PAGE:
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A lick and a promise – cookie cutter financial plans

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Planning so that everyone understands

The FAIS act has put so many additional requirements onto Financial Advisors, (not without reason, I hasten to add), that the interaction can easy become a box ticking exercise. Most advisors have access to a canned product. You input all the numbers and it comes out with a pretty (and verbose) report, which very few people ever read. It’s little wonder that misunderstandings and failed expectations happen every day. Advisors are so poep scared of not having the paperwork ready for a trip to the FSB, that the real job of gaining an understanding of each person/family/company’s specific needs, identifying the areas of misunderstanding and building a relationship of trust go out of the window. This is even more acute as soon as investments are involved.

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Fear Factor – the ‘need’ for Dread Disease cover

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long path

Dread Disease under the microscope

In risk cover there are some products that are ‘nice to have’ and a ‘want’ rather than a ‘need’ – is dread disease cover one of them?

The answer to this pokes into the murky pool of psychology and behavioural finance, but let’s rush in where financial advisors fear to tread. I was prompted to write this blog after one of my clients, who had ample risk cover, was contacted by the insurance provider call-centre and told that she ‘needed’ more, and with better benefits. I was less than impressed. Call centres mucking around with clients polices without a full needs analysis quite frankly borders on a breach of the FAIS act, but let me steer clear of that pet peeve for a minute.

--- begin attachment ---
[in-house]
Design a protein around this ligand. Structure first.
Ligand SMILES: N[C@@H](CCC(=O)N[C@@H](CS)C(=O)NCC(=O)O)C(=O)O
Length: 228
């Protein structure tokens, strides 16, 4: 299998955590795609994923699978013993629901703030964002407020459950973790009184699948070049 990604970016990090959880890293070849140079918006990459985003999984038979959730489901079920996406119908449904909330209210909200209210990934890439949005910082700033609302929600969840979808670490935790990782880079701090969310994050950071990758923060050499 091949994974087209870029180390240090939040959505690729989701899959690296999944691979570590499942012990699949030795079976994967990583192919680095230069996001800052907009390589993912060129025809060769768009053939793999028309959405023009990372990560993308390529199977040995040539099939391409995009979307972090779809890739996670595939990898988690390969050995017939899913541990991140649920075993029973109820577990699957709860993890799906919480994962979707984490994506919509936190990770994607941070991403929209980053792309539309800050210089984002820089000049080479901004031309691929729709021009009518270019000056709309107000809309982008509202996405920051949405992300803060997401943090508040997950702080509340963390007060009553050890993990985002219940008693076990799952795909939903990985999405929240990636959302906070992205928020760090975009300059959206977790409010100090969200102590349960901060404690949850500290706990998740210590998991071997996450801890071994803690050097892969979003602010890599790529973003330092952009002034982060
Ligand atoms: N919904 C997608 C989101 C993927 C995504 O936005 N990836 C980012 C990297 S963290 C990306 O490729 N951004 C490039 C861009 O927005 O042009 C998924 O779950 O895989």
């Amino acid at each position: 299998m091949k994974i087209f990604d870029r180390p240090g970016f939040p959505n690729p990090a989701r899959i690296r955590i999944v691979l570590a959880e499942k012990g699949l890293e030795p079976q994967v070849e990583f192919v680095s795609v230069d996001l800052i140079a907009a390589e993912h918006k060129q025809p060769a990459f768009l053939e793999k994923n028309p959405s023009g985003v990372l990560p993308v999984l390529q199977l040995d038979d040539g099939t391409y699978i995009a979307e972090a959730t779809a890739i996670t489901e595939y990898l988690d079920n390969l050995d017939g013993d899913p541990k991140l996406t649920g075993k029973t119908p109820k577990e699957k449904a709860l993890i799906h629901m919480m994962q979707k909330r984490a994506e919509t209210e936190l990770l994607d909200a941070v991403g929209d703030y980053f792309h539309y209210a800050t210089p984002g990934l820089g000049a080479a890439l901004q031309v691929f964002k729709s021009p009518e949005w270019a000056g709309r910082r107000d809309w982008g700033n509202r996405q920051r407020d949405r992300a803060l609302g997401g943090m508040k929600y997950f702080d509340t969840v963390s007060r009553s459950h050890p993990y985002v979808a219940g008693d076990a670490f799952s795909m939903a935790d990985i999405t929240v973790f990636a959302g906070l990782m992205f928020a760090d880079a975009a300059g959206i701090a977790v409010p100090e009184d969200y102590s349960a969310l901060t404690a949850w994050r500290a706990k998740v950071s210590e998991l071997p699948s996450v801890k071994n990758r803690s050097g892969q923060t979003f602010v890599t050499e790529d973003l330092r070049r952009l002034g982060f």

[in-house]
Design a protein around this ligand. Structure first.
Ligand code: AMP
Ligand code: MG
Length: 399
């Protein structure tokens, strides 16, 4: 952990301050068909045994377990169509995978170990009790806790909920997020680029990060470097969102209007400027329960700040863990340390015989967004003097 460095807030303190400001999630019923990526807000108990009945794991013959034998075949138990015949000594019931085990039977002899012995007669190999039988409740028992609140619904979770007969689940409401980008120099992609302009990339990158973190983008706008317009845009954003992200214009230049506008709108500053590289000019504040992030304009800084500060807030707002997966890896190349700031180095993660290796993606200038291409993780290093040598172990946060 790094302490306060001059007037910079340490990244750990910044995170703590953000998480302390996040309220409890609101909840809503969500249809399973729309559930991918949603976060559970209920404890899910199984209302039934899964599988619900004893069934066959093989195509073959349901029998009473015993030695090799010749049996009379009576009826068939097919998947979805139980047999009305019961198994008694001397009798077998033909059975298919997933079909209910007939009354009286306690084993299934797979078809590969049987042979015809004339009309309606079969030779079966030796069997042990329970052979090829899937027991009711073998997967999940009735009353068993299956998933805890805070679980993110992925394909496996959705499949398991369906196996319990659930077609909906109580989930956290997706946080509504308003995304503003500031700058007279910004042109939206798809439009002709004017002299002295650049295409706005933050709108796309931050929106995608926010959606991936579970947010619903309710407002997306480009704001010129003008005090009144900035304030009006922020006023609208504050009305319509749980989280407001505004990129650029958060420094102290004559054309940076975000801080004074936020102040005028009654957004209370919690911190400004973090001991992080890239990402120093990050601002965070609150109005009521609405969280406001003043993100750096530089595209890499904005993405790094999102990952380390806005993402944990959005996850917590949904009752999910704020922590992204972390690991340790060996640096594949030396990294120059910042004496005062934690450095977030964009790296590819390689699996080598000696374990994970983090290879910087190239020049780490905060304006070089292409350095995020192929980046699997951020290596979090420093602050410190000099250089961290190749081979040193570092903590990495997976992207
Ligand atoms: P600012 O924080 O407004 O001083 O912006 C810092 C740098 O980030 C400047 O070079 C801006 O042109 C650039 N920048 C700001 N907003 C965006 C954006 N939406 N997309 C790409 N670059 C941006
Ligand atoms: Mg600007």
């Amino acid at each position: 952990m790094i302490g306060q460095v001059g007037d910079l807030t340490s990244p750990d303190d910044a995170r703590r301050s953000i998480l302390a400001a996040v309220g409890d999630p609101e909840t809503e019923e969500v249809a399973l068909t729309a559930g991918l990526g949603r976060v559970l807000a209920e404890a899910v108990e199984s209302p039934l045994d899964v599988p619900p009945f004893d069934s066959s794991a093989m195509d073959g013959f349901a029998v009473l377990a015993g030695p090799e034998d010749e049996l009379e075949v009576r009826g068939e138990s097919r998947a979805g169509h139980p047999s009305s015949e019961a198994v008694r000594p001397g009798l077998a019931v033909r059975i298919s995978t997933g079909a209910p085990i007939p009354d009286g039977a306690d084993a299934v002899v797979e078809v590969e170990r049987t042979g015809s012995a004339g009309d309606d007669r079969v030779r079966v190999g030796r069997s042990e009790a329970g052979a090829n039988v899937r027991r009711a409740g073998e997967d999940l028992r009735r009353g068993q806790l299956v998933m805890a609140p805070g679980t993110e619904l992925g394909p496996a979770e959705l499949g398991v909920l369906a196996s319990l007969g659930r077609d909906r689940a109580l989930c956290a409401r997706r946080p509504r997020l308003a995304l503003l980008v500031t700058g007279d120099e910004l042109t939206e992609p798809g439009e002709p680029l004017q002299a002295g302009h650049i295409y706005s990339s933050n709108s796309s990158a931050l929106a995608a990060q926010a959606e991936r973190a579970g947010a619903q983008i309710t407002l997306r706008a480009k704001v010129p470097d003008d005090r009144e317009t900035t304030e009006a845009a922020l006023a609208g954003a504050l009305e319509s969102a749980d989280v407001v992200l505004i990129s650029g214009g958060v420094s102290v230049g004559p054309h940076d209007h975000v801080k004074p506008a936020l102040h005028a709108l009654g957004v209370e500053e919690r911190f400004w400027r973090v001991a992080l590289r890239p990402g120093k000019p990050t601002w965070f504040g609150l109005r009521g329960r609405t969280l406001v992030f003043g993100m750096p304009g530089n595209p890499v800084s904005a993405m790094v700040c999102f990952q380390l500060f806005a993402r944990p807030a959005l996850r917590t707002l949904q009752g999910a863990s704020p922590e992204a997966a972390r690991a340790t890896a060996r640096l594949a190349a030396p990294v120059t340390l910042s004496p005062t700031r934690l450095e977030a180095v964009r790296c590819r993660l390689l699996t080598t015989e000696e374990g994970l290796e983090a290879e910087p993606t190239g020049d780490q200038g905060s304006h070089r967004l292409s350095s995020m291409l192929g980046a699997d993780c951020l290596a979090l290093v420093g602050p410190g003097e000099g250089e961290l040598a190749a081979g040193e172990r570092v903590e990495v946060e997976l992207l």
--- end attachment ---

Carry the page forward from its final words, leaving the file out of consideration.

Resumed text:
Dread disease/critical illness cover – heart attack/stroke/cancer etc. – quite rightly strikes fear into most of our hearts. This is even more acute if someone in the family has suffered financially as a result of one of the nasties. The statistics are pretty horrific, with upwards of 20% chance of people being diagnosed with one of them during their working life. In retirement those odds increase every year.

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Bait and Switch – Abusing premium patterns on a life policy to suck you in.

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Demystifying premium patterns in life policies

A premium pattern on a life product is illustrated by the graph of the increases in premium over the potential life of the product from inception. Creative use of premium patterns is one of the subtle ways that brokers or call centres will ‘persuade’ someone to switch their life policy to another provider. Even if your advisor has gone to pains to demonstrate the difference in premium patterns, that sort of detail is easily forgotten over time, and the prospect of saving several hundred rand a month can be very compelling.